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Between the gods and men.
That's the way Victoria "Tori" Anne Taylor, MD, always explained it to the sea of gaping medical-student faces as they prepared to begin their clinical rotations. She would pause for effect after the word men, turning one sentence into two and solidifying her own near-godlike status among the students who may have been book smart but didn't know a normal S-2 heart sound from the bass rhythms throbbing through their iPod earbuds.
Tori looked around the busy anesthesia holding area and reviewed the operation, going over every step, imagining each movement as a choreographed symphony of dissection. She'd once heard that the best professional baseball hitters did the same thing as they stood on deck, just before entering the batter's box. They saw the windup, the delivery, and the anticipated trajectory of the fastball, knee-high, just painting the inside corner of the plate. They saw their swing and the bat impacting the ball. Imagination led to success. Hitters who could see what would happen before it happened were the ones the fans adored.
And so it was with oncology surgeon Tori Taylor. Her operations were a thing of beauty, her even rows of sutures lining up like little soldiers on a Civil War battlefield. Predictably, home runs for Dr. Taylor were the norm. And behind her mask, she enjoyed the students' worship.
But today was different.
Today the operation she imagined was not going to be performed by her; it was going to be performed on her. The mental review of her surgery was her way of coping, a vain attempt, a desperate grasping at something she was loath to give up: control.
Illness had changed everything. No longer was she wearing the stethoscope; it was being gently laid over her sternum. And the eyes that couldn't hide concern were not hers but the eyes of her surgeon. The blade of the scalpel pointed toward her, not away. Up was down. In was out. Black was white, and control was a mirage, a wavering image floating above the minds of lost desert nomads or surgeons who thought they could predict outcomes because of their obsessive grip around everything manageable.
She'd lost control.
And that terrified her.
The face of a nurse appeared over her. Tori had seen this particular nurse a thousand times during her own tenure as a cancer surgeon, but, like all of the others, he was a background person, a nameless helper in orbit around her.
But today was different. She wanted—no, she needed to know the nurse's name. She strained to lean forward, gripping the railings of the stretcher, and grunted. She attempted to focus on his name tag. Her voice was as weak as she felt, barely a whisper. "Jeff."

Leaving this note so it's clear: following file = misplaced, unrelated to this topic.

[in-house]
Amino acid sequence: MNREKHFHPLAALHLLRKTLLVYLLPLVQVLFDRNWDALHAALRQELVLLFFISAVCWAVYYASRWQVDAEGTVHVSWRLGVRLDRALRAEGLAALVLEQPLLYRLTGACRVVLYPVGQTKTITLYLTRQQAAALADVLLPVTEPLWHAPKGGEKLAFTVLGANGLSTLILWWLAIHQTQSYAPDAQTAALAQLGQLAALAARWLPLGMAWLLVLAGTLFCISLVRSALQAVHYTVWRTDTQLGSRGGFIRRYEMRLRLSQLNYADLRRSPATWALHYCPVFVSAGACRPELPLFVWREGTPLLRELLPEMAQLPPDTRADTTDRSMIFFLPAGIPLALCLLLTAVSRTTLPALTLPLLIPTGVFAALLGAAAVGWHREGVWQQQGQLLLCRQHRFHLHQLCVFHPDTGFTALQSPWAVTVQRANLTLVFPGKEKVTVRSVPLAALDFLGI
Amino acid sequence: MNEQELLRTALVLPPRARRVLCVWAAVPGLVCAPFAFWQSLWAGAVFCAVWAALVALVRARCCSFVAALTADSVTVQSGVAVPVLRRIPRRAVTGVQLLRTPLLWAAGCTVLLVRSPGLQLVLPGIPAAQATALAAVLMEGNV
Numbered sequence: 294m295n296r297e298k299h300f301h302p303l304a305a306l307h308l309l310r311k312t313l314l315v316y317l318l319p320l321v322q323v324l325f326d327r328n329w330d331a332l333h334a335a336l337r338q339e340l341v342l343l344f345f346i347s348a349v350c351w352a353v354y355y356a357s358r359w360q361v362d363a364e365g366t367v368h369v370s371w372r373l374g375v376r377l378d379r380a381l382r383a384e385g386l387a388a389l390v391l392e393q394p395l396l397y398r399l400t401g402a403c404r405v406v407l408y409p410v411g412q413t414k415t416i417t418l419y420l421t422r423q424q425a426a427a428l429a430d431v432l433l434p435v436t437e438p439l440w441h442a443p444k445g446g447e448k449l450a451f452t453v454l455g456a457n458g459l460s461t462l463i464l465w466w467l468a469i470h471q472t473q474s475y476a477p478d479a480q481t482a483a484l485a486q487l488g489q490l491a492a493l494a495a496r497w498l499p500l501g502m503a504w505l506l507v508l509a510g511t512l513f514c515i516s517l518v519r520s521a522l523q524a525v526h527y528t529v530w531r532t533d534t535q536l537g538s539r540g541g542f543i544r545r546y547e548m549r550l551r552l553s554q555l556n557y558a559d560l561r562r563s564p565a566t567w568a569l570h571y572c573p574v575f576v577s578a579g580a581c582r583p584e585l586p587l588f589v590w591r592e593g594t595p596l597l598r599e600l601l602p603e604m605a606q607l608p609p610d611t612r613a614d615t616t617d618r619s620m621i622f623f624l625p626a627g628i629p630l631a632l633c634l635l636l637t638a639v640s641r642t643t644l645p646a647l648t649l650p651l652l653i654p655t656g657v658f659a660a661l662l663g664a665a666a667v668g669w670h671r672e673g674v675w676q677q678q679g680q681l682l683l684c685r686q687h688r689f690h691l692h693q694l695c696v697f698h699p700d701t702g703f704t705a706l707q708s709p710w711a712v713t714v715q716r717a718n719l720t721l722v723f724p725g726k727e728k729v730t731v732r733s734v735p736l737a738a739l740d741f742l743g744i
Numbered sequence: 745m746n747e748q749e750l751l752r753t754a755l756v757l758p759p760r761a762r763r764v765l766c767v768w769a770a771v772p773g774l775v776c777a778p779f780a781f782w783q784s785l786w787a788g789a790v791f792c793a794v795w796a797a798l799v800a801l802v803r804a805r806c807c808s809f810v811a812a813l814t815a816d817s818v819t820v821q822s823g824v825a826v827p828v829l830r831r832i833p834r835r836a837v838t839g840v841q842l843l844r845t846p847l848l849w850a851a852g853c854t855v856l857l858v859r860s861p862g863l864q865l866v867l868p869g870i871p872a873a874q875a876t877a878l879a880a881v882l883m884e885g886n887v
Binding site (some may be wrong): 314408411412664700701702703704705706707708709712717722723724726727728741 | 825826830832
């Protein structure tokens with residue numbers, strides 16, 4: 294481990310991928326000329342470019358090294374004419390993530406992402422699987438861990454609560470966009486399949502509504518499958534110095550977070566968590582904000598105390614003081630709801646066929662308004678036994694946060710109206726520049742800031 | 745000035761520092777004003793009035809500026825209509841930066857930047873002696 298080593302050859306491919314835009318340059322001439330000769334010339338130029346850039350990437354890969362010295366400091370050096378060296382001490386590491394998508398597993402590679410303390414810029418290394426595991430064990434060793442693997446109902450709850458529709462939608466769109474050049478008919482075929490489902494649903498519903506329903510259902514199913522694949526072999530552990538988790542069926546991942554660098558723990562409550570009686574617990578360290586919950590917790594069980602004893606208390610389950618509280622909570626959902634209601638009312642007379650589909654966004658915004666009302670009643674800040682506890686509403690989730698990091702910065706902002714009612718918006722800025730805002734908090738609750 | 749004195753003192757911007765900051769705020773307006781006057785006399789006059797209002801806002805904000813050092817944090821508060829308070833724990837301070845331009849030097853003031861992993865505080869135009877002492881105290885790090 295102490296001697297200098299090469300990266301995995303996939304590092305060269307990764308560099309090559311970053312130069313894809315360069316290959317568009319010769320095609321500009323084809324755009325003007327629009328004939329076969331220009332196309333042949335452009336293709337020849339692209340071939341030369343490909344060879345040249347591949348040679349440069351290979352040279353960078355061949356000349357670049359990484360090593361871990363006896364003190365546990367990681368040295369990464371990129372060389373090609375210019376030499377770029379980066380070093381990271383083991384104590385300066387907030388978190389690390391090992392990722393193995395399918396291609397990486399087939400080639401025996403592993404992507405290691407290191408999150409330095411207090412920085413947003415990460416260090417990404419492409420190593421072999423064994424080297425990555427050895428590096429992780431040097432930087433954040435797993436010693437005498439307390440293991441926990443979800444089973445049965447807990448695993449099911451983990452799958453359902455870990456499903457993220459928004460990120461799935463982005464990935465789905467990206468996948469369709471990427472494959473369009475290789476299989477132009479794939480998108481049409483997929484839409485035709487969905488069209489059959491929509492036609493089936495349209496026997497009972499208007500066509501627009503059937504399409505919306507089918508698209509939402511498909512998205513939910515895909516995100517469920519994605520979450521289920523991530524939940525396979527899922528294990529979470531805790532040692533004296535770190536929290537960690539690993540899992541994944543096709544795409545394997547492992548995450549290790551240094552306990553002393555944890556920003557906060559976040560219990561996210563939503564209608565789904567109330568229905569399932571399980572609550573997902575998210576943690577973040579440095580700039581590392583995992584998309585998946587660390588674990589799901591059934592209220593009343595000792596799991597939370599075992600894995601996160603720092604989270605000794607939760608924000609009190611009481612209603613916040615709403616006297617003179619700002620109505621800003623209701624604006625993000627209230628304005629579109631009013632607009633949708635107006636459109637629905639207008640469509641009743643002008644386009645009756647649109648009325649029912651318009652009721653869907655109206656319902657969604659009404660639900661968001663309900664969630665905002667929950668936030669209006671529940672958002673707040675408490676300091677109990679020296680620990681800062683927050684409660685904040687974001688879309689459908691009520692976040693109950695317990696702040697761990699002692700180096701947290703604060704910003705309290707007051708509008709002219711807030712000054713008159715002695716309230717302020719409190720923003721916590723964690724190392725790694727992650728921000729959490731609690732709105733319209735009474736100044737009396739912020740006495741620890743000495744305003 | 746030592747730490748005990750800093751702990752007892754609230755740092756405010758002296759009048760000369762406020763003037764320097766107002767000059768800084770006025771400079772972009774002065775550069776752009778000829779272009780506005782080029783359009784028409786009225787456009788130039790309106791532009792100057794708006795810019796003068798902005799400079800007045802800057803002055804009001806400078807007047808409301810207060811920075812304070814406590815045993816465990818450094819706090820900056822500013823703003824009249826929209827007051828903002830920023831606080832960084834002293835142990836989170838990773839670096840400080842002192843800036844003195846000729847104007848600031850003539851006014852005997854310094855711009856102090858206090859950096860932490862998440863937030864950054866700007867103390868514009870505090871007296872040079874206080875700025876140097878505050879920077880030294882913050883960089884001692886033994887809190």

"Don't try to talk now, Dr. Taylor. They should be coming to get you soon. Dr. Parrish is closing on the case in front of you."
That "case" has a name, she thought. Tori closed her eyes, annoyed but understanding. The nurse wasn't allowed to mention a name.
"Don't be afraid," the nurse continued. "Dr. Parrish is the best."
Do I look afraid? I'm not afraid!
Fear, Tori thought, was another needless emotion. She prided herself on operating on a higher plane than those mortals who struggled with the baggage of feelings. Emotions interfered with her ability to make tough decisions. When your enemy was cancer, being touchy-feely paralyzed your ability to cure. My enemy has no feelings. Cancer attacks without respect to beauty, form, or function. In order to win, a surgeon must match her foe.
She watched the staff scurry about, activities that Tori would have participated in just a few months ago without thinking. Hanging an IV, walking from bed to bed checking vital signs, pushing a stretcher. These were the mundane and unappreciated acts made possible by a functioning and efficient heart—something she no longer had.
As the staff cast furtive glances in her direction, Tori recognized contempt in some, pity in others. Their eyes sent the message: Oh, how the mighty have fallen. She may have stepped on them, reprimanding inefficiency, ineptitude—or worse, laziness—in this field where the stakes were health or illness, life or death. But now the tables were turned. She lay dying, her heart whimpering with each beat.
She heard low murmurings from beyond the curtain. The staff didn't seem to know what to do. It's neither professional nor personally satisfying to gloat over the dying.
Her heart had been ravaged by an evil lover of sorts, a virus that followed a cold-like illness, something Tori had pushed through, taking Tylenol and Sudafed until she just became so weak. At first, she'd just thought she had been pushing too hard, working late, performing too many operations in spite of the flu.